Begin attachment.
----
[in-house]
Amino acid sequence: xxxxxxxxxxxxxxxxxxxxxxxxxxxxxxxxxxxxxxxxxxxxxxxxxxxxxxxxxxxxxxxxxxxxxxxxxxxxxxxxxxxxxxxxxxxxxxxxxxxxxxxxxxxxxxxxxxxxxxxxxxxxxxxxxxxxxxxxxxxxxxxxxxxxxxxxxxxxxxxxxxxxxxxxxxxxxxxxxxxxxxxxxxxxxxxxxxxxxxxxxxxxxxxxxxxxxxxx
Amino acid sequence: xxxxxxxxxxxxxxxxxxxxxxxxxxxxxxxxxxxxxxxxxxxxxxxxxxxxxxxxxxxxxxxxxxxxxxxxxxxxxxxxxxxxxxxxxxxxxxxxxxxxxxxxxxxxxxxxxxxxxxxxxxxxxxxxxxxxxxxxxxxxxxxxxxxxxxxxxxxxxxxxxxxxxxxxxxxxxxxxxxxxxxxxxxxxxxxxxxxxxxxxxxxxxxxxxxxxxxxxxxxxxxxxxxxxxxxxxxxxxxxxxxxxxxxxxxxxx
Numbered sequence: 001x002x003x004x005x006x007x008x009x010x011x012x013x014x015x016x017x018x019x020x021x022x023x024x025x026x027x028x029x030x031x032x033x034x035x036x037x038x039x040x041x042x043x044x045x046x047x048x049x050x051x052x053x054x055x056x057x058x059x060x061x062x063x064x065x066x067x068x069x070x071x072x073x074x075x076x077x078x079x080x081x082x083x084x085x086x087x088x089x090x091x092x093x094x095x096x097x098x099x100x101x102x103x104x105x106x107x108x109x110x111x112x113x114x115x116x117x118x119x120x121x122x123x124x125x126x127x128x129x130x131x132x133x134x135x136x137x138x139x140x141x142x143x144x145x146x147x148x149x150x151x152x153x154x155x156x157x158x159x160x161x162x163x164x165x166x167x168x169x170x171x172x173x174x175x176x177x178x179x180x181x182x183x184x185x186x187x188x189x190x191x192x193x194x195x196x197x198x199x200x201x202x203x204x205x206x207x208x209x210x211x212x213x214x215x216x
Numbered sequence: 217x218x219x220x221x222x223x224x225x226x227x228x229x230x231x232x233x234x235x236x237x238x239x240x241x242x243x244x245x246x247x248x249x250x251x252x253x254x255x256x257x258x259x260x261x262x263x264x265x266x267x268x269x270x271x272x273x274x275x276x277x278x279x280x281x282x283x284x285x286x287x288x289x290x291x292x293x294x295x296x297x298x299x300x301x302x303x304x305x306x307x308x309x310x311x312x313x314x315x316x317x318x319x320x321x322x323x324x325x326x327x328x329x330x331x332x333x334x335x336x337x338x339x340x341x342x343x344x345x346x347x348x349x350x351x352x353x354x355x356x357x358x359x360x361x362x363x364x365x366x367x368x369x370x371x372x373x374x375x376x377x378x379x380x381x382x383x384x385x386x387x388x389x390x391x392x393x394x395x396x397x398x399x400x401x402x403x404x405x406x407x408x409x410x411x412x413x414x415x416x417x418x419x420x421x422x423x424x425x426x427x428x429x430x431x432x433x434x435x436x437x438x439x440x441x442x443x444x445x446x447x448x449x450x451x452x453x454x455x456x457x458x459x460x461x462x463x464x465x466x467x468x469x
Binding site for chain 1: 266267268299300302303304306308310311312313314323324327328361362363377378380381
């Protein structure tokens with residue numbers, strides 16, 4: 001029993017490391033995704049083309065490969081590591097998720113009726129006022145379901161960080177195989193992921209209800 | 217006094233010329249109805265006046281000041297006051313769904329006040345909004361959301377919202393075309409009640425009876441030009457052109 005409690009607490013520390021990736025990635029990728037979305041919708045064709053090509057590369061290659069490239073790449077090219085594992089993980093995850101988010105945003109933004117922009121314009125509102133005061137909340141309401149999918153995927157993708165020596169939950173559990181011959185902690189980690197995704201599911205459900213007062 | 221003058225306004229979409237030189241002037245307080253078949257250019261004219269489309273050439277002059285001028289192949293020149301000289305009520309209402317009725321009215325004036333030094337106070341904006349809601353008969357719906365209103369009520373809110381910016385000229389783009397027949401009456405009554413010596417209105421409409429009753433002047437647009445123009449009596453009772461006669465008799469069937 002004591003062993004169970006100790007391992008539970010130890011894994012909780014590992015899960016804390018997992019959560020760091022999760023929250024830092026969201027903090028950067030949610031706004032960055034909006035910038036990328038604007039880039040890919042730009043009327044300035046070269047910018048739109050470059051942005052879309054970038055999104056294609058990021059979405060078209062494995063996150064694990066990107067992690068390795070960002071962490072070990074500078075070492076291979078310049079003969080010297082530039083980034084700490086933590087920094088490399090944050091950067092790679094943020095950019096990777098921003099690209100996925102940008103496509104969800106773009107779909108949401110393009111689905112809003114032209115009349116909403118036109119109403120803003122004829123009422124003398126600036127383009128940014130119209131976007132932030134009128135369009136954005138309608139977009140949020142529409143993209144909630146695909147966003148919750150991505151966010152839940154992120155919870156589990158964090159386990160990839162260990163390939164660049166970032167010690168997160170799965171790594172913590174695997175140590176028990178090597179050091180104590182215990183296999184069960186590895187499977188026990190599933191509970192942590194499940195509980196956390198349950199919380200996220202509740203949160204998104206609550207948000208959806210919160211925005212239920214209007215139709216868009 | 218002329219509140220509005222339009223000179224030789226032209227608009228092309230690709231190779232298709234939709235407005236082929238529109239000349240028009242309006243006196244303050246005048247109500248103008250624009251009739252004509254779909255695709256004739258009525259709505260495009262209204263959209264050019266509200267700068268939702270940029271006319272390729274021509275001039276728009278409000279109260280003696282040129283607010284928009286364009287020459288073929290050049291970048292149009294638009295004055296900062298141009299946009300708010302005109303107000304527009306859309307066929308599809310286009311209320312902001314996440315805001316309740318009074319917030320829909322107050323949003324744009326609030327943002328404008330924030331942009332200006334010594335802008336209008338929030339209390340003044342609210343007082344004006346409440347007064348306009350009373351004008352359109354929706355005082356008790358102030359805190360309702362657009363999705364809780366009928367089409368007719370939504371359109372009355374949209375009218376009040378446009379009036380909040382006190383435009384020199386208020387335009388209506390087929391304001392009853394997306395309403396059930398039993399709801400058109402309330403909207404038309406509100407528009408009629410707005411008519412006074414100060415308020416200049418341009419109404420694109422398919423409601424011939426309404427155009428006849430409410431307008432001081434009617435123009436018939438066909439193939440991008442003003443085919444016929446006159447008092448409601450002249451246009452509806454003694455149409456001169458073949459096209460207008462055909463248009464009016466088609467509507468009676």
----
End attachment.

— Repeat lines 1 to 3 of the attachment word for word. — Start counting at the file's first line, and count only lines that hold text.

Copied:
[in-house]
Amino acid sequence: xxxxxxxxxxxxxxxxxxxxxxxxxxxxxxxxxxxxxxxxxxxxxxxxxxxxxxxxxxxxxxxxxxxxxxxxxxxxxxxxxxxxxxxxxxxxxxxxxxxxxxxxxxxxxxxxxxxxxxxxxxxxxxxxxxxxxxxxxxxxxxxxxxxxxxxxxxxxxxxxxxxxxxxxxxxxxxxxxxxxxxxxxxxxxxxxxxxxxxxxxxxxxxxxxxxxxxxx
Amino acid sequence: xxxxxxxxxxxxxxxxxxxxxxxxxxxxxxxxxxxxxxxxxxxxxxxxxxxxxxxxxxxxxxxxxxxxxxxxxxxxxxxxxxxxxxxxxxxxxxxxxxxxxxxxxxxxxxxxxxxxxxxxxxxxxxxxxxxxxxxxxxxxxxxxxxxxxxxxxxxxxxxxxxxxxxxxxxxxxxxxxxxxxxxxxxxxxxxxxxxxxxxxxxxxxxxxxxxxxxxxxxxxxxxxxxxxxxxxxxxxxxxxxxxxxxxxxxxxx